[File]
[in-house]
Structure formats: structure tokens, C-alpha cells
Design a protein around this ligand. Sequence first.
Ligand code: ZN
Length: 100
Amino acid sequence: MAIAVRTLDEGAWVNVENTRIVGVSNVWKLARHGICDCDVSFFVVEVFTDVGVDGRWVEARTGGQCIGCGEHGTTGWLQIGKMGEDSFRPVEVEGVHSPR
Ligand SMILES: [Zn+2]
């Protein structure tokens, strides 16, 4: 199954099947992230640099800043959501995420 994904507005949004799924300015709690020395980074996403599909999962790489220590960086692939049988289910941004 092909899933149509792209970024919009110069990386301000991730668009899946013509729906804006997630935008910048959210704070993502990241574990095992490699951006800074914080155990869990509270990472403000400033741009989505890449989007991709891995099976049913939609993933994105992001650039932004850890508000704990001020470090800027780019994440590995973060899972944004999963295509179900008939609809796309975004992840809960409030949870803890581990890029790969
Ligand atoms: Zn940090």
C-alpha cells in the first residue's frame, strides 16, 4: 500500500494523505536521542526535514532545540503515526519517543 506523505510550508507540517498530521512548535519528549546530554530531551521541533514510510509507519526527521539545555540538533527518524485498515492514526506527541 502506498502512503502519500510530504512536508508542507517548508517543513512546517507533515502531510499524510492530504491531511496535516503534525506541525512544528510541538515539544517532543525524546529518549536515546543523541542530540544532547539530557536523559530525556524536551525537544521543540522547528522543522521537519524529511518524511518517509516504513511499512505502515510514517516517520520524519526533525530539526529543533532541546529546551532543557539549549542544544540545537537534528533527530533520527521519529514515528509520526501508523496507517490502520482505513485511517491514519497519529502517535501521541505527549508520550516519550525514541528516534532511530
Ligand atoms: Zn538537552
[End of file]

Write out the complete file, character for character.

[in-house]
Structure formats: structure tokens, C-alpha cells
Design a protein around this ligand. Sequence first.
Ligand code: ZN
Length: 100
Amino acid sequence: MAIAVRTLDEGAWVNVENTRIVGVSNVWKLARHGICDCDVSFFVVEVFTDVGVDGRWVEARTGGQCIGCGEHGTTGWLQIGKMGEDSFRPVEVEGVHSPR
Ligand SMILES: [Zn+2]
């Protein structure tokens, strides 16, 4: 199954099947992230640099800043959501995420 994904507005949004799924300015709690020395980074996403599909999962790489220590960086692939049988289910941004 092909899933149509792209970024919009110069990386301000991730668009899946013509729906804006997630935008910048959210704070993502990241574990095992490699951006800074914080155990869990509270990472403000400033741009989505890449989007991709891995099976049913939609993933994105992001650039932004850890508000704990001020470090800027780019994440590995973060899972944004999963295509179900008939609809796309975004992840809960409030949870803890581990890029790969
Ligand atoms: Zn940090």
C-alpha cells in the first residue's frame, strides 16, 4: 500500500494523505536521542526535514532545540503515526519517543 506523505510550508507540517498530521512548535519528549546530554530531551521541533514510510509507519526527521539545555540538533527518524485498515492514526506527541 502506498502512503502519500510530504512536508508542507517548508517543513512546517507533515502531510499524510492530504491531511496535516503534525506541525512544528510541538515539544517532543525524546529518549536515546543523541542530540544532547539530557536523559530525556524536551525537544521543540522547528522543522521537519524529511518524511518517509516504513511499512505502515510514517516517520520524519526533525530539526529543533532541546529546551532543557539549549542544544540545537537534528533527530533520527521519529514515528509520526501508523496507517490502520482505513485511517491514519497519529502517535501521541505527549508520550516519550525514541528516534532511530
Ligand atoms: Zn538537552